F.B.I. Director Was Opposed To Freeing Puerto Ricans

The New York Times - September 2, 1999 - Katharine Q. Seelye

WASHINGTON -- The Federal Bureau of Investigation "unequivocally opposed" President Clinton's offer of clemency to 16 Puerto Rican nationalists, asserting that the release of most of the prisoners would reinvigorate their terrorist movement, according to a letter prepared by the F.B.I.

The letter, prepared by subordinates for the bureau's Director, Louis J. Freeh, said the clemency would be likely to "return committed, experienced, sophisticated and hardened terrorists to the clandestine movement" for Puerto Rican independence.

The letter also said the clemency would "psychologically and operationally enhance" the militant organization F.A.L.N., which killed five people and maimed 83 in the 1970's and 80's.

Freeh's letter came to light at a Congressional hearing intended by Republicans to portray the President's act as reckless. Also Tuesday, Clinton provided his first full explanation of his decision in a letter to Congress. [Excerpts, Page A25.]

Freeh did not sign the F.B.I. letter, which was addressed but never sent to Representative Henry J. Hyde, the Illinois Republican who is chairman of the House Judiciary Committee. But Freeh read it before it was forwarded to Congress, and senior law-enforcement officials said tonight that it accurately reflected his position.

A draft of the letter was sent from the F.B.I. to the Justice Department for review before Freeh's signature, law-enforcement officials said. The letter was among the thousands of documents sent by the White House to Congress in response to subpoenas for information about the President's clemency decision.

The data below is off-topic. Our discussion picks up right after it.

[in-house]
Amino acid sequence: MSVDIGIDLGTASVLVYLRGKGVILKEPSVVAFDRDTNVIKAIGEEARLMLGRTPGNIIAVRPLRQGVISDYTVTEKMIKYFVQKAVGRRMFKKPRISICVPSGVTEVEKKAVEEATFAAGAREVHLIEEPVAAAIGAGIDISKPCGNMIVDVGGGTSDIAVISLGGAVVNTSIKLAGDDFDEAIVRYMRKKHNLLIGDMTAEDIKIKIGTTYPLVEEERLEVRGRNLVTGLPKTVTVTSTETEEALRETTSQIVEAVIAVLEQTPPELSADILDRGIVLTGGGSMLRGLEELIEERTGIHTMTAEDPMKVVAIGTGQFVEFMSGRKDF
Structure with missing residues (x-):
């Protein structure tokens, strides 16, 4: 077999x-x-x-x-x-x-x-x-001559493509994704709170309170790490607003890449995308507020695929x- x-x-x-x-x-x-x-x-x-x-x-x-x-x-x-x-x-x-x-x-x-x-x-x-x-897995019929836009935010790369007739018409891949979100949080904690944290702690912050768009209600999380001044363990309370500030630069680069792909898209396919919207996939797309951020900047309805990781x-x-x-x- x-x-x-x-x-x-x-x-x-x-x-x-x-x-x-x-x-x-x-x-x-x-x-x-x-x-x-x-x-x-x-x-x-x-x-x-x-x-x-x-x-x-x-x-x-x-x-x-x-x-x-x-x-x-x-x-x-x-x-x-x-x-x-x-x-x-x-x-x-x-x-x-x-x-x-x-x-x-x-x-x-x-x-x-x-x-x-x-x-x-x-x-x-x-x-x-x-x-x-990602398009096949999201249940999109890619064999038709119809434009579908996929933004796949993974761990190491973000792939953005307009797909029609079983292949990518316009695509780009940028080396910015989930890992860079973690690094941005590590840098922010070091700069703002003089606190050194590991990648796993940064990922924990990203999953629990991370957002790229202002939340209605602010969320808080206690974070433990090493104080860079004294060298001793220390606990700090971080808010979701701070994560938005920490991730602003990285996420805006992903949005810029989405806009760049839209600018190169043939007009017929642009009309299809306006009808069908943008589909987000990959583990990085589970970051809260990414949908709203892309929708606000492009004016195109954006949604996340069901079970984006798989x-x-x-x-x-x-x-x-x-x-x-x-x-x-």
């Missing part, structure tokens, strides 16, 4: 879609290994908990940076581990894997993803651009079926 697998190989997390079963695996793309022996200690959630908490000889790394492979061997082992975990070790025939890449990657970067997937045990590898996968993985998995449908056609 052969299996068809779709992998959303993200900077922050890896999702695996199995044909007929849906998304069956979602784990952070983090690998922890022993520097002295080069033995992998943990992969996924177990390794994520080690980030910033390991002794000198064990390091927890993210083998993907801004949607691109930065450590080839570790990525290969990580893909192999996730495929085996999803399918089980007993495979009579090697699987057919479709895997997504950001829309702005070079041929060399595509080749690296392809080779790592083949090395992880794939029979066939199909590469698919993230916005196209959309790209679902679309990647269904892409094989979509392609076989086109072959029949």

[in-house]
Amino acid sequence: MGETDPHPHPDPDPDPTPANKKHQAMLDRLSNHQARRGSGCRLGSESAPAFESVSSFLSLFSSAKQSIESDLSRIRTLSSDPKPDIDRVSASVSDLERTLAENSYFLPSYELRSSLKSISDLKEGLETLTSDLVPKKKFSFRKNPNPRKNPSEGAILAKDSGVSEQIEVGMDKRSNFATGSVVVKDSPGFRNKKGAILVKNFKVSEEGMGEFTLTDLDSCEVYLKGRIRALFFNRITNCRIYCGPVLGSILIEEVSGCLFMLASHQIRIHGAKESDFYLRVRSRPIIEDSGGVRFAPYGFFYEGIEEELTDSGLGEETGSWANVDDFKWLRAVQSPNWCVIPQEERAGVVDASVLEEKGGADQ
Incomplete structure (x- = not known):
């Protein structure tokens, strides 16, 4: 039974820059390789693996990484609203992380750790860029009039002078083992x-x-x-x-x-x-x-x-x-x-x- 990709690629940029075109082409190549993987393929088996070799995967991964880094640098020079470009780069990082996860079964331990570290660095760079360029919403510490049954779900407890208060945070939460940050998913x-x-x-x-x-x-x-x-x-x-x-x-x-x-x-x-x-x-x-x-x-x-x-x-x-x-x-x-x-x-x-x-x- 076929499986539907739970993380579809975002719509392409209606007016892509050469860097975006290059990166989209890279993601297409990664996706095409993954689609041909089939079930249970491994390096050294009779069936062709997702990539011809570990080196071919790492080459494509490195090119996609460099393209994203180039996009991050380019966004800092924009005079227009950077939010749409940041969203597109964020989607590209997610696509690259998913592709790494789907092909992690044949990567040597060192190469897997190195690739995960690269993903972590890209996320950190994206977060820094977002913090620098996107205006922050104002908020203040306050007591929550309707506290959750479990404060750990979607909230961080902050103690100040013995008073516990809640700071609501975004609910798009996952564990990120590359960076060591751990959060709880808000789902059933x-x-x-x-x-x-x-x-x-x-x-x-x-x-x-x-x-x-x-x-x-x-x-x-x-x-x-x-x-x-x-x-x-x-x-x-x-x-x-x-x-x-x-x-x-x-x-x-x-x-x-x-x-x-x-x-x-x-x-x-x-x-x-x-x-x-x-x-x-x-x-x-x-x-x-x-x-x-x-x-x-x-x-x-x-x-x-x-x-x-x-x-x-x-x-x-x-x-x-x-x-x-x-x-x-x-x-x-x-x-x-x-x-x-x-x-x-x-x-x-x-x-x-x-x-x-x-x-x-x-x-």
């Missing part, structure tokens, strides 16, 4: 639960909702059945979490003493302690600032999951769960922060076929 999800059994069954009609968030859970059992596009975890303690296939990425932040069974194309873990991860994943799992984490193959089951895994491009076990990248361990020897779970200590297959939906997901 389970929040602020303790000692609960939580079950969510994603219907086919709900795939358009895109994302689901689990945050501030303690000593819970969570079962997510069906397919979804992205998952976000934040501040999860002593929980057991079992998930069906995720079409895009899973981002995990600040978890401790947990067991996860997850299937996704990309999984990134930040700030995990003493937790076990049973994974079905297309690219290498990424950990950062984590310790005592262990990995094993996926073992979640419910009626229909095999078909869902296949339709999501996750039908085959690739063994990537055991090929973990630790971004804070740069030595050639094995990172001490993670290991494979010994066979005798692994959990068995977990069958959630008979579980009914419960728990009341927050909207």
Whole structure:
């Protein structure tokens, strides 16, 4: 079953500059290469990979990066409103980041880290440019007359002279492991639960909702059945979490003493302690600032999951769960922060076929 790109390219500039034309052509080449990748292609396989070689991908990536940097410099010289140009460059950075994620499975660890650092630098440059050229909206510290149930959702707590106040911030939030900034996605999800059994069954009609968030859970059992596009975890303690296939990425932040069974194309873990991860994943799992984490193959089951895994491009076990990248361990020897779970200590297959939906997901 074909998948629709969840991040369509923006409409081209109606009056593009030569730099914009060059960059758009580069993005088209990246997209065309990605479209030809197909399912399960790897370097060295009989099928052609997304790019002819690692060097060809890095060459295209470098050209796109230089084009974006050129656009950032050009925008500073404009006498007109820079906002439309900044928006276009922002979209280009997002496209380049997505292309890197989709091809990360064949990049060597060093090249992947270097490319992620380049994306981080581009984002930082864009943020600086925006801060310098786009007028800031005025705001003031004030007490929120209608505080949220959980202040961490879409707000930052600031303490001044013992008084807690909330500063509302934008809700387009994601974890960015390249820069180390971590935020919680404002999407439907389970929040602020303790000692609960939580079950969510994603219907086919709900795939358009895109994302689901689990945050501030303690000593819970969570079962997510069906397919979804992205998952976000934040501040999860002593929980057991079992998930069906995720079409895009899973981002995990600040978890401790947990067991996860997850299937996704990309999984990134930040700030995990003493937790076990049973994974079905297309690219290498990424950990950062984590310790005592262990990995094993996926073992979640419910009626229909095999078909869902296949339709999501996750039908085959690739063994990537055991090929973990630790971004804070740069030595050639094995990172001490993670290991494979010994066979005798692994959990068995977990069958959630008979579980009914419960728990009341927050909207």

The letter said that Freeh had objected to clemency when the matter was first raised in 1994, and again as recently as June 28; even so, the letter said, Freeh was unaware that the President was actually contemplating any commutation when the White House announced its offer on Aug. 11.

While some officials have privately acknowledged disapproval of the decision, the letter is the first official indication of the fierce opposition among law-enforcement officials to the clemency offer for the 16 terrorists, most of whom have accepted it.

Casting himself in the tradition of previous Presidents who have granted clemency in cases that were unpopular, Clinton portrayed his release of the prisoners as an act of courage. He cited Theodore Roosevelt's amnesty for Filipinos who fought United States control and Jimmy Carter's commutation of the sentences of Puerto Rican nationalists who had opened fire on the House of Representatives.

"They exercised the power vested in them by the Constitution to do what they believed was right, even in the face of great controversy," Clinton wrote. "I have done the same."

The President did not deal with the question of whether the release of the prisoners might reignite the dormant terrorist movement. But Representative Vito J. Fossella Jr., Republican of Staten Island, asserted that recent statements by a known Puerto Rican militant and ally of the prisoners indicated that the release was stirring old passions.

He quoted Filiberto Ojeda Rios, the leader of Los Macheteros, a terrorist organization allied with the F.A.L.N., as telling a Puerto Rican radio station that if the United States committed aggression against Puerto Rico, his group would "not remain with their arms crossed, you can be sure of that."